Some 3,000 scientists, government officials and policy experts representing 120 countries gathered in Stockholm this week for the 26th annual World Water Week conference. Organized by the Stockholm International Water Institute, World Water Week is “the annual focal point for the globes’ water issues,” according to the Institute’s website. A highlight of the week was
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Dr. Joan Rose serves as the Homer Nowlin Chair in Water Research at Michigan State University, and serves as the Director of the Global Water Pathogens Project. She is a member of the National Academy of Engineering, serves the International Water Association Board of Directors, and works in Singapore advising the Public Utilities Board. She
In a nutshell… The Water Quality & Health Council has acted as an outside technical advisory group to the American Chemistry Council’s Chlorine Chemistry Division for the past 29 years. For the last nine of these, we have posted a weekly Perspectives article on public health topics ranging from waterborne illness trends, to the chemistry
Spreading the gift of safely managed drinking water and sanitation to the developing world is fundamental to helping people everywhere live healthy and productive lives. But despite the rapid pace of science and technology in the fields of water and wastewater treatment, some 6,000 children around the world die every day from a water-related illness.1
It is unsettling to realize that in our high-tech world there are still large segments of the population that lack access to the drinking water and sanitation services most of us take for granted. The theme of this year’s World Water Week, Water for Society: Including All, seems particularly apt in light of this observation. Meanwhile, a new report by UNICEF and the World Health Organization (image at right) provides a “special focus” on global “WASH” (Water, Sanitation, and Hygiene) inequalities. A product of the Joint Monitoring Program, the report concludes that while significant progress has been made toward achieving universal access to water, sanitation, and hygiene, progress is uneven. And although there is a laudable commitment at the heart of the 2030 Sustainable Development Agenda to “leave no one behind,” the reality is there are many groups potentially in that precarious position.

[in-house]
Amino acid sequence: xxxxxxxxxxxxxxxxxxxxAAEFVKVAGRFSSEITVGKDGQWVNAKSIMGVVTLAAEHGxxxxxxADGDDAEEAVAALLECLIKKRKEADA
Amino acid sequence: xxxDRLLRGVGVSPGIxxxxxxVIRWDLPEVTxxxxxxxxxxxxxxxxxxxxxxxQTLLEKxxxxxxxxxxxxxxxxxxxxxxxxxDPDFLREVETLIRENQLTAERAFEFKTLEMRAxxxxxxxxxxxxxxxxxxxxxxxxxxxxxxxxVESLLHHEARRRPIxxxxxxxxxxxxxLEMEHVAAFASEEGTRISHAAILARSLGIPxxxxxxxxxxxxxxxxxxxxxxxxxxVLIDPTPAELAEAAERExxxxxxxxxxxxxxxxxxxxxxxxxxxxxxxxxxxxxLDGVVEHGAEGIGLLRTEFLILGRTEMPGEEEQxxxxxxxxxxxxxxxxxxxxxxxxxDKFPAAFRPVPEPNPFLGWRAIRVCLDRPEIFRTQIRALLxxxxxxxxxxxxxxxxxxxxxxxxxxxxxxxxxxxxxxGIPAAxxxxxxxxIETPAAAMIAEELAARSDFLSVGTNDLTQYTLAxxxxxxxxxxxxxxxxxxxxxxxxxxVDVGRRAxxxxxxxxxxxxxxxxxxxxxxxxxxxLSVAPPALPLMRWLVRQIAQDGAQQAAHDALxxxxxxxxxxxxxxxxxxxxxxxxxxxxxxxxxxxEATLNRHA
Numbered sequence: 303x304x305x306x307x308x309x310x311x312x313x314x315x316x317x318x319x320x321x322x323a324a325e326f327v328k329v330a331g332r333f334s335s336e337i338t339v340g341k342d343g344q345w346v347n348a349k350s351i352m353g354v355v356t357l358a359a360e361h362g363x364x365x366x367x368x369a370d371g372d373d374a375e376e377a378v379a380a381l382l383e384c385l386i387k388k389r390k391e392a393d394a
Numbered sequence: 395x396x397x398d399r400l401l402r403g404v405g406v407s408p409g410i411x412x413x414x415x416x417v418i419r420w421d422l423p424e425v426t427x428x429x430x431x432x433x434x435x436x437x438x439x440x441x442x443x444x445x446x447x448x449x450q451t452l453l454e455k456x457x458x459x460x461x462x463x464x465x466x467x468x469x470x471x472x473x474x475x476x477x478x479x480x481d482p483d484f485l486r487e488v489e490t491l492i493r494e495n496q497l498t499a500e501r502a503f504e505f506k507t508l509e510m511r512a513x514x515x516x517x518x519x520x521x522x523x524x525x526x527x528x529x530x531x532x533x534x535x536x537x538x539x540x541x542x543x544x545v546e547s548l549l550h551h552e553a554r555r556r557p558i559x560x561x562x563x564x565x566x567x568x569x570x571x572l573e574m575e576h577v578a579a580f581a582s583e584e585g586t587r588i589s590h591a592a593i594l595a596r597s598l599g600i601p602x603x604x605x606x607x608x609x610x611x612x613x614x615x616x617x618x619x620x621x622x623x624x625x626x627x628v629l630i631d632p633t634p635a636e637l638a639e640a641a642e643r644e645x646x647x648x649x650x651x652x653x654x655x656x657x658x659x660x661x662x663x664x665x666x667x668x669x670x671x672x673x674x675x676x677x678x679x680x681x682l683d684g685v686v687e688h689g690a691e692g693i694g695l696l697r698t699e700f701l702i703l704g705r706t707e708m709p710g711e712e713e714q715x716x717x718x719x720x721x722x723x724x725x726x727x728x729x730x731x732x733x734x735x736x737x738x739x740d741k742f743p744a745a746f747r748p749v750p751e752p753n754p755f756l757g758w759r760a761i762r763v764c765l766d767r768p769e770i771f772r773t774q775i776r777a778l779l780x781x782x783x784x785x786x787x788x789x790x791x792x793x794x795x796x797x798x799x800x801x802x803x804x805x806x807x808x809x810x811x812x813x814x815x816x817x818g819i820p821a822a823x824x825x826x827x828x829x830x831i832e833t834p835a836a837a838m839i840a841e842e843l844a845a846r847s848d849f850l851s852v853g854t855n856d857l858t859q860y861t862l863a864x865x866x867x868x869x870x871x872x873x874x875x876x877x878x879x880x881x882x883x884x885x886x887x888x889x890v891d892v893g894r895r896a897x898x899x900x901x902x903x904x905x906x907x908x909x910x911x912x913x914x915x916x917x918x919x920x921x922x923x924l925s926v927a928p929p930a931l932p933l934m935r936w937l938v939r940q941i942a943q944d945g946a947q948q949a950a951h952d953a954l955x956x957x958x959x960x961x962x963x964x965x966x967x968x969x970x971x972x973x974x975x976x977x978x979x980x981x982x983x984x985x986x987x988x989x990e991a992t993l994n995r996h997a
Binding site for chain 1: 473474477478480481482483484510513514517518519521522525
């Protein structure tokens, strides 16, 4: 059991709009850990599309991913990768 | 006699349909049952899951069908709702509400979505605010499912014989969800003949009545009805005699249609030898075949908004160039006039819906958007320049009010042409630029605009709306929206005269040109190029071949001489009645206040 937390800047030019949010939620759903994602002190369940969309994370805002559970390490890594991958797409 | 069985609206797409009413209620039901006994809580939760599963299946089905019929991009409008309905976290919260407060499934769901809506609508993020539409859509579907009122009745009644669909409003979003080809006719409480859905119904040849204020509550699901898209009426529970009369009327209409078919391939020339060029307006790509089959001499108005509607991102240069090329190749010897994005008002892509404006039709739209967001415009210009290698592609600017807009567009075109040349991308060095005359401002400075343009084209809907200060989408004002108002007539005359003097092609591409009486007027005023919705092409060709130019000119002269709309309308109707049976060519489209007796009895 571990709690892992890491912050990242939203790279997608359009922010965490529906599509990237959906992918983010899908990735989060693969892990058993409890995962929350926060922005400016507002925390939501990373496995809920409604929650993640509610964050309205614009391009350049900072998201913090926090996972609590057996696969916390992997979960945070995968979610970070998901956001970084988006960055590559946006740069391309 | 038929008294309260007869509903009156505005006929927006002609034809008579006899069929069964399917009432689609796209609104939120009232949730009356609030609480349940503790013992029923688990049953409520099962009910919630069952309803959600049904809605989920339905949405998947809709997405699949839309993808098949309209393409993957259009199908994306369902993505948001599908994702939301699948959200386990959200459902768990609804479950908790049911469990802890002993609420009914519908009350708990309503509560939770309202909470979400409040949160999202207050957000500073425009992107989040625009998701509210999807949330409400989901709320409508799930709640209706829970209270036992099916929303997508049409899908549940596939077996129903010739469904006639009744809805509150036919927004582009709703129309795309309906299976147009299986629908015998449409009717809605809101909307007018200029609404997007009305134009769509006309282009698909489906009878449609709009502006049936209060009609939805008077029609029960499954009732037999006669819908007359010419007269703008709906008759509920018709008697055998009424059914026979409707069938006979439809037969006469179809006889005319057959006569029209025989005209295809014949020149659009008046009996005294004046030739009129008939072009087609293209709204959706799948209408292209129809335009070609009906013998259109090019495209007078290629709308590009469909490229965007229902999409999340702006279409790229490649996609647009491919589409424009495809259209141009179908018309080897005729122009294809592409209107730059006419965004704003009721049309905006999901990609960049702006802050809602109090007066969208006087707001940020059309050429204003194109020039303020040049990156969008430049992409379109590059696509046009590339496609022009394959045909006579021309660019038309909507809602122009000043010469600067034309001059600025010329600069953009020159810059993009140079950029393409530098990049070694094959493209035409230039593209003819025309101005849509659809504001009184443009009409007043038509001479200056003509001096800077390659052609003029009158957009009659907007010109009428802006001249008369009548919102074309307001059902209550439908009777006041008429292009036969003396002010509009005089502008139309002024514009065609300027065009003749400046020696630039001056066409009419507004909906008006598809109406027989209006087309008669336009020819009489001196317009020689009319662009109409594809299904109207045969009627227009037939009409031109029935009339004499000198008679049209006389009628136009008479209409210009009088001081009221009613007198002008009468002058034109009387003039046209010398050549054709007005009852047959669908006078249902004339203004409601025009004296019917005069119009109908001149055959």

Last month, more than 450 researchers, regulators, healthcare providers, and others met in Baltimore, Maryland, to discuss opportunities and challenges to manage public health risks associated with Legionella bacteria in building water systems. According to the Centers for Disease Control and Prevention (CDC), the leading cause of U.S. drinking water-related outbreaks, and the only one
The theme of this year’s World Water Week, which runs from August 27 to September 1, is “Water and Waste: Reduce and Reuse.” World Water Week was established in 1991 and is organized each year by the Stockholm International Water Institute (SIWI). To mark World Water Week, we thought it only fitting to share a highlight
Reliable and safe drinking water and sanitation are fundamental requirements of people trying to reach their greatest potential in life. Few of us can relate to the burden and indignity of living without these basic services. Achieving universal access to safely managed drinking water and sanitation services is one of the 17 Post-2015 Sustainable Development
I have had the privilege of spending the last four years of my life on one of the most beautiful college campuses in Maryland. Everything I ever needed was within a short walking distance of my dorm room—the dining hall, library, mailroom, and student center, you name it! Yet even with all of these nearby
As nations work to meet the 17 post-2015 United Nations Sustainable Development Goals (SDGs), there is a significant new resource that will help “ensure the availability and sustainable management of water and sanitation for all,” the focus of SDG #6. That resource is the Global Water Pathogen Project (GWPP), the largest single coordinated effort of